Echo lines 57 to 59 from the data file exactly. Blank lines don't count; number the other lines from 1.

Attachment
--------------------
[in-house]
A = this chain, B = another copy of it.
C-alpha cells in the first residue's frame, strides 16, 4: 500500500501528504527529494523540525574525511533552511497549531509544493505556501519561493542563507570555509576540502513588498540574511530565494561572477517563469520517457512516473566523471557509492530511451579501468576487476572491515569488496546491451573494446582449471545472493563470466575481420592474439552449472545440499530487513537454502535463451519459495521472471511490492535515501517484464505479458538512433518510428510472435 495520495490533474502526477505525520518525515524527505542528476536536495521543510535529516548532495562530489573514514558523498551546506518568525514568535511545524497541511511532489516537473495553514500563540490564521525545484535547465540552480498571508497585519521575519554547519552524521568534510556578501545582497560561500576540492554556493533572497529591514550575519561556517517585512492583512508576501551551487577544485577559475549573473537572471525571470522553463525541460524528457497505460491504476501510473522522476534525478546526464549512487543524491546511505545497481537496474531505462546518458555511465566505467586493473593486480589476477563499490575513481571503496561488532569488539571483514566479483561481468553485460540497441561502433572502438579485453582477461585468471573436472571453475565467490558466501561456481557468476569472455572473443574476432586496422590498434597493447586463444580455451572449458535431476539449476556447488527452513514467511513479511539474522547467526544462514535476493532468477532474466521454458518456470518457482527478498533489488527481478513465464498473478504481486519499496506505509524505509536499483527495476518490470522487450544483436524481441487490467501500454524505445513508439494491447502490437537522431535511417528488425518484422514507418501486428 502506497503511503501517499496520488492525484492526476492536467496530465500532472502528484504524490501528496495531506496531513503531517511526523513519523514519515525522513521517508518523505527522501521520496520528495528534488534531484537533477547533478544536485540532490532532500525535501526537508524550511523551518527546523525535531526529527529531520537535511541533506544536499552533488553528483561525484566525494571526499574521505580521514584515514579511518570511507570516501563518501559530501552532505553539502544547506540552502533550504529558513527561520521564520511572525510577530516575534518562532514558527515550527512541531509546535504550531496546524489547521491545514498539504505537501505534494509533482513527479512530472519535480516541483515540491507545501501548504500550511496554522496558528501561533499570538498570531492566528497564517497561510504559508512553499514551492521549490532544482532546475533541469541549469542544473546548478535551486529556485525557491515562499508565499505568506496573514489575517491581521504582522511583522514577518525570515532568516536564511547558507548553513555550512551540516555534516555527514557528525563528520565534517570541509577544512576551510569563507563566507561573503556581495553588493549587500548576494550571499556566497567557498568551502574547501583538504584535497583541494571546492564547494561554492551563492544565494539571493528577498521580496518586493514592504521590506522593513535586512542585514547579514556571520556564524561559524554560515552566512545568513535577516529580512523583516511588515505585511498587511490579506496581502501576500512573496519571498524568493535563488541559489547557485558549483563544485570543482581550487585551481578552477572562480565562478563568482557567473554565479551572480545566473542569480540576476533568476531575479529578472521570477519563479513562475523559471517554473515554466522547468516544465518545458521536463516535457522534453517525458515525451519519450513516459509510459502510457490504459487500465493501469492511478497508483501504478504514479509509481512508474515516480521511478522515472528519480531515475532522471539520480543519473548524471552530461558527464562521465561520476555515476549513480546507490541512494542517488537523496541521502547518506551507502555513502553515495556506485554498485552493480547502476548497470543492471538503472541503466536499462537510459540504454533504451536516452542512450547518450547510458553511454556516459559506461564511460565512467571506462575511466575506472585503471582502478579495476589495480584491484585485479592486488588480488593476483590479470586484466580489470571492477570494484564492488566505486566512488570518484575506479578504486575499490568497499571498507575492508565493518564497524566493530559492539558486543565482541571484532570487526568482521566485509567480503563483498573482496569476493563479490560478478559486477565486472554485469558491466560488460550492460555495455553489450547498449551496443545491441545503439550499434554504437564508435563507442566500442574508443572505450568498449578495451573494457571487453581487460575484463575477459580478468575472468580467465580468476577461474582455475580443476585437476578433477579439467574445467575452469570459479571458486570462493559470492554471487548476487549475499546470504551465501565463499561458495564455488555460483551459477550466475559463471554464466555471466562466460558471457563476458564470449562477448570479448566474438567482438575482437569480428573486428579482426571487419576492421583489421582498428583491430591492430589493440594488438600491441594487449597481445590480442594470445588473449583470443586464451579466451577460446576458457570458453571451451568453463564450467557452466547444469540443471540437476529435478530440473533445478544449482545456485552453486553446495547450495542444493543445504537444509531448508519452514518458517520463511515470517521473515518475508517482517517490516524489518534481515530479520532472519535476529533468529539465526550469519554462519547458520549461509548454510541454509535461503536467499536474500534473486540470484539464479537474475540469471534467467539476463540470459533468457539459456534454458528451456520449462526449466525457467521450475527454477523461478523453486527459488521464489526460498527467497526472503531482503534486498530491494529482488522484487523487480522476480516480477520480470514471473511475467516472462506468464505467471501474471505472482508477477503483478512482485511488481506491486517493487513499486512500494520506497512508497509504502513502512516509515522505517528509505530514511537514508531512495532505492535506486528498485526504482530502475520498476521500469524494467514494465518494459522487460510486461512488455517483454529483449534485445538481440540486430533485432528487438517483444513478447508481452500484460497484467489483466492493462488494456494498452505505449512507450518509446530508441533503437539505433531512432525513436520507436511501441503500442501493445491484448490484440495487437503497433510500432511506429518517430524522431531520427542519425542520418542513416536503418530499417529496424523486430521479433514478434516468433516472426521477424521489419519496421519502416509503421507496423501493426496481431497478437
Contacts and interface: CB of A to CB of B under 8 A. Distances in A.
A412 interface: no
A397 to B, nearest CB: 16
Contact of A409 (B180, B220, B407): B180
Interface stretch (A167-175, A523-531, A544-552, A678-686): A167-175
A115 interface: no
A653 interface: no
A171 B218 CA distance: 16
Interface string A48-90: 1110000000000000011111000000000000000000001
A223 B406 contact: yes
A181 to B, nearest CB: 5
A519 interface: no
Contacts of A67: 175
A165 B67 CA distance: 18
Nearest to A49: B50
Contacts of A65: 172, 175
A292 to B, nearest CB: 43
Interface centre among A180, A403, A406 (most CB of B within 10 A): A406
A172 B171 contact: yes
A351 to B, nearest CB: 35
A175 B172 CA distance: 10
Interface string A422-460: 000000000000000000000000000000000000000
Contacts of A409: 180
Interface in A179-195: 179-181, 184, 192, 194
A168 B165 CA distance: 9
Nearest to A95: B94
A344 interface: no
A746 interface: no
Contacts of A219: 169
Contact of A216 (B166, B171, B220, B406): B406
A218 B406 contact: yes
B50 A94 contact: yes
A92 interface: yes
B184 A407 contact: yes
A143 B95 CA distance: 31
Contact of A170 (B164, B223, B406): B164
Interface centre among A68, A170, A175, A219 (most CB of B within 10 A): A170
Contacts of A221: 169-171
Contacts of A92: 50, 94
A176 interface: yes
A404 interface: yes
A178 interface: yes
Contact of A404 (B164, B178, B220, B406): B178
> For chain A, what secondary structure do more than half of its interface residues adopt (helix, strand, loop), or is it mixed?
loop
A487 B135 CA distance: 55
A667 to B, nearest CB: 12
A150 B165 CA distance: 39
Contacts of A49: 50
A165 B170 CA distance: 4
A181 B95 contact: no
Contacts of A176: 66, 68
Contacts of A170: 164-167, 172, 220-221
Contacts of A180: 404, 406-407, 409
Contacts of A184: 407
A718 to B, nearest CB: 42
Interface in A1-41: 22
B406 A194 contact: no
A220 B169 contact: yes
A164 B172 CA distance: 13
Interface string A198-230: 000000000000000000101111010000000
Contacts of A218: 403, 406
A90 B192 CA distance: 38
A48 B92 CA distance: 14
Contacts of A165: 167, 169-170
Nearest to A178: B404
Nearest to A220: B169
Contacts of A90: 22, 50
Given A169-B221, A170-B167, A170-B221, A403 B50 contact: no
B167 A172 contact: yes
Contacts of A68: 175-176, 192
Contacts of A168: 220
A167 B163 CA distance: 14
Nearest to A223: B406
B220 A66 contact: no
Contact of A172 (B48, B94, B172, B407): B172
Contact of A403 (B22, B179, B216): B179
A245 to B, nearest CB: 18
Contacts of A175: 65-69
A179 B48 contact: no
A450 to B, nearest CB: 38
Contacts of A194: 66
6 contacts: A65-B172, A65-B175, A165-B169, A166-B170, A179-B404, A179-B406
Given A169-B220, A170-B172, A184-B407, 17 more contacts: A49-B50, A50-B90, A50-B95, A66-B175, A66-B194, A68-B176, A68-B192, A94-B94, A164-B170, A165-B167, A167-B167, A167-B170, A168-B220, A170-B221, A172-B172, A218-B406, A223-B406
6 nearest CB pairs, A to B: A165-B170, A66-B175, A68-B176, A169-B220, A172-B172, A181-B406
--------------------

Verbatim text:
Contacts of A180: 404, 406-407, 409
Contacts of A184: 407
A718 to B, nearest CB: 42